Bruce D. Lindsay, MD:
Sometimes Holters and event monitors can distinguish differences in origin, but they often not provide enough detail.
Bruce D. Lindsay, MD:
PACs can be ablated. It is unlikely that PACs will cause any damage to your heart. The main reason to consider ablating them is to alleviate your symptoms.
Bruce D. Lindsay, MD:
Some genes have been associated with atrial fibrillation, but the relationship is complex and does not have any direct clinical implications yet.
dsennet:
Does it make sense to postpone an a-fib ablation as long as possible in hopes that techniques will improve OR is my best chance of success with ablation now since I have only had a-fib for about a year? I always self convert and I am on 100X2 flecanide.
Bruce D. Lindsay, MD:
There is no urgency to undergo an ablation. The technology continues to improve. On the other hand, there is evidence that the more you have atrial fibrillation the more episodes you are likely to experience.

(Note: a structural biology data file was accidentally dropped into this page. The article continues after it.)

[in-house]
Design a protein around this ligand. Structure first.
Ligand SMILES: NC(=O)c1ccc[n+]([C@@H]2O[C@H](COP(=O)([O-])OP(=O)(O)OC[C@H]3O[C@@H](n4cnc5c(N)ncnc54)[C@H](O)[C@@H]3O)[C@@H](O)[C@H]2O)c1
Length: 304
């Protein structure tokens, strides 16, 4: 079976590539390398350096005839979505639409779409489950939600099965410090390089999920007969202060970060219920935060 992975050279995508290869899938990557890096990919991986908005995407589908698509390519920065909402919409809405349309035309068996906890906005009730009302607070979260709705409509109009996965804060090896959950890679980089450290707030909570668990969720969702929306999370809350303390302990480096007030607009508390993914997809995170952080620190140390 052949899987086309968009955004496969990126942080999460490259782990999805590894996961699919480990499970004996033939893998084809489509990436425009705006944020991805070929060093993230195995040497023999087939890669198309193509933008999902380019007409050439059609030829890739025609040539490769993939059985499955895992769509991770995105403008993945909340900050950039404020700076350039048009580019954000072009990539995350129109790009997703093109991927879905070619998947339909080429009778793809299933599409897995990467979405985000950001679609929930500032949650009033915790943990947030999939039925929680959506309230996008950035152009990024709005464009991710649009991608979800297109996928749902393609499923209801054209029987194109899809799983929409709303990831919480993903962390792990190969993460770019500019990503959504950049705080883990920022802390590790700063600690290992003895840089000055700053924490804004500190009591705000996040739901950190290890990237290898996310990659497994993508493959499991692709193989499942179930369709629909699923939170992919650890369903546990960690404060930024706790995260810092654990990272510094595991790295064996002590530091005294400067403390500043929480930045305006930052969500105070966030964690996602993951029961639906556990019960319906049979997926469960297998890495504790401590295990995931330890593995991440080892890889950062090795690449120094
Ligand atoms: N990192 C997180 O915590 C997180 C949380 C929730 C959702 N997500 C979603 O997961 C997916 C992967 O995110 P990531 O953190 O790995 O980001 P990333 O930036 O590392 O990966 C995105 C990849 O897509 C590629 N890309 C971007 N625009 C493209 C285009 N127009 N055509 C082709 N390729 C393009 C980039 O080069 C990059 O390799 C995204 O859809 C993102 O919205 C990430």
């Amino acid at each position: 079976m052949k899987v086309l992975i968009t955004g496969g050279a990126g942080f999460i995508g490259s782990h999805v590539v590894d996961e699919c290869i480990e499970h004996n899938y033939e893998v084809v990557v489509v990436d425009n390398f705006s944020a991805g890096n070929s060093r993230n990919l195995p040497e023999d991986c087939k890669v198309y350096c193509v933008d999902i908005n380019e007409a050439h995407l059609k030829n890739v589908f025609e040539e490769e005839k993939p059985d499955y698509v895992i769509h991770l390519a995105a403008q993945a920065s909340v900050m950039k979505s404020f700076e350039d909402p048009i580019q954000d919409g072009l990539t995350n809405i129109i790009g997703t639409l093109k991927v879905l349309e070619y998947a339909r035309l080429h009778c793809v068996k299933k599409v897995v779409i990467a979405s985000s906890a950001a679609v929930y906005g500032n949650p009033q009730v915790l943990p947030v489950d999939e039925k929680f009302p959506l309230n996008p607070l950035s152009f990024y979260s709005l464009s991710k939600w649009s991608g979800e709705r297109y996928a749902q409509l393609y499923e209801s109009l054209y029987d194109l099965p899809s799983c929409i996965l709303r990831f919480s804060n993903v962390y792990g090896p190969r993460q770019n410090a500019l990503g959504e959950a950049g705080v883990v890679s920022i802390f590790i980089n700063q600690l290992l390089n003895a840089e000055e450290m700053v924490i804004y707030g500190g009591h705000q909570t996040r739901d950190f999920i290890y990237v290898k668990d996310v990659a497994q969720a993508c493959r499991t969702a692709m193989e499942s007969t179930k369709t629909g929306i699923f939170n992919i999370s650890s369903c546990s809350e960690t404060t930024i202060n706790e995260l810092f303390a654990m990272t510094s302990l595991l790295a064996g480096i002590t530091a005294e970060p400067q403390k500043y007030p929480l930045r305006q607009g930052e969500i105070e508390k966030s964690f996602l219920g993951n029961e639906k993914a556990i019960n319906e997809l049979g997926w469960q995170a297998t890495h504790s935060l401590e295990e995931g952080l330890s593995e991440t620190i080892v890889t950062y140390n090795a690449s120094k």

Bruce D. Lindsay, MD:
It appears that atrial fibrillation begets atrial fibrillation. I would consider an ablation procedure if the episodes start occurring more frequently or last longer.
feelingood:
Hello,  I am 50 years old female; I had a MI at age 40.  I went into fibrillation when I had the MI. I have CHF. I have not had any pain or went into fibrillation since the MI. I walk regularly and feel good. My EF is 32 and my Qwave is .0014 (not sure about that number). My cardiologist wants me to have a ICD.  I really don't want it but I really want to live as long as possible.  Isn't there something else I can do to improve my EF? Is it OK to wait until my EF is at 30? What can I do to improve my risk against going into defibrillation?